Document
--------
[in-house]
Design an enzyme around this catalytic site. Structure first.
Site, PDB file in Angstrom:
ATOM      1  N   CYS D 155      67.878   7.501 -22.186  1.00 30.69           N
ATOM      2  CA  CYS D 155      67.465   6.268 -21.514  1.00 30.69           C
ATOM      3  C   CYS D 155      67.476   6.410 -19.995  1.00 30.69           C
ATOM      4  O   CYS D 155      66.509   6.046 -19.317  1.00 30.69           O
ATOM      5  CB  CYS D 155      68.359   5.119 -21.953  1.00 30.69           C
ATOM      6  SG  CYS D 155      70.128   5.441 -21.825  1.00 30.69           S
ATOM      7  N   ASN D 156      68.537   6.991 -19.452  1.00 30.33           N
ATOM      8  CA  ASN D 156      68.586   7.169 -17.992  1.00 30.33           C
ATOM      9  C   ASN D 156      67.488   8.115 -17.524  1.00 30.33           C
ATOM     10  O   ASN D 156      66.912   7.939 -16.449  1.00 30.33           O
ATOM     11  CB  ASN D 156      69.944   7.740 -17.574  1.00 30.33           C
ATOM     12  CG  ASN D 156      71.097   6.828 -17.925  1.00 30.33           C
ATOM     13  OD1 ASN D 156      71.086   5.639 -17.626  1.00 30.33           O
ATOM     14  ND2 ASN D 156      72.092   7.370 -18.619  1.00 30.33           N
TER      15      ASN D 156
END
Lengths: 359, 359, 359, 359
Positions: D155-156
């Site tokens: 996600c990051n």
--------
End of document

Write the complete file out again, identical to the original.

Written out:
[in-house]
Design an enzyme around this catalytic site. Structure first.
Site, PDB file in Angstrom:
ATOM      1  N   CYS D 155      67.878   7.501 -22.186  1.00 30.69           N
ATOM      2  CA  CYS D 155      67.465   6.268 -21.514  1.00 30.69           C
ATOM      3  C   CYS D 155      67.476   6.410 -19.995  1.00 30.69           C
ATOM      4  O   CYS D 155      66.509   6.046 -19.317  1.00 30.69           O
ATOM      5  CB  CYS D 155      68.359   5.119 -21.953  1.00 30.69           C
ATOM      6  SG  CYS D 155      70.128   5.441 -21.825  1.00 30.69           S
ATOM      7  N   ASN D 156      68.537   6.991 -19.452  1.00 30.33           N
ATOM      8  CA  ASN D 156      68.586   7.169 -17.992  1.00 30.33           C
ATOM      9  C   ASN D 156      67.488   8.115 -17.524  1.00 30.33           C
ATOM     10  O   ASN D 156      66.912   7.939 -16.449  1.00 30.33           O
ATOM     11  CB  ASN D 156      69.944   7.740 -17.574  1.00 30.33           C
ATOM     12  CG  ASN D 156      71.097   6.828 -17.925  1.00 30.33           C
ATOM     13  OD1 ASN D 156      71.086   5.639 -17.626  1.00 30.33           O
ATOM     14  ND2 ASN D 156      72.092   7.370 -18.619  1.00 30.33           N
TER      15      ASN D 156
END
Lengths: 359, 359, 359, 359
Positions: D155-156
């Site tokens: 996600c990051n």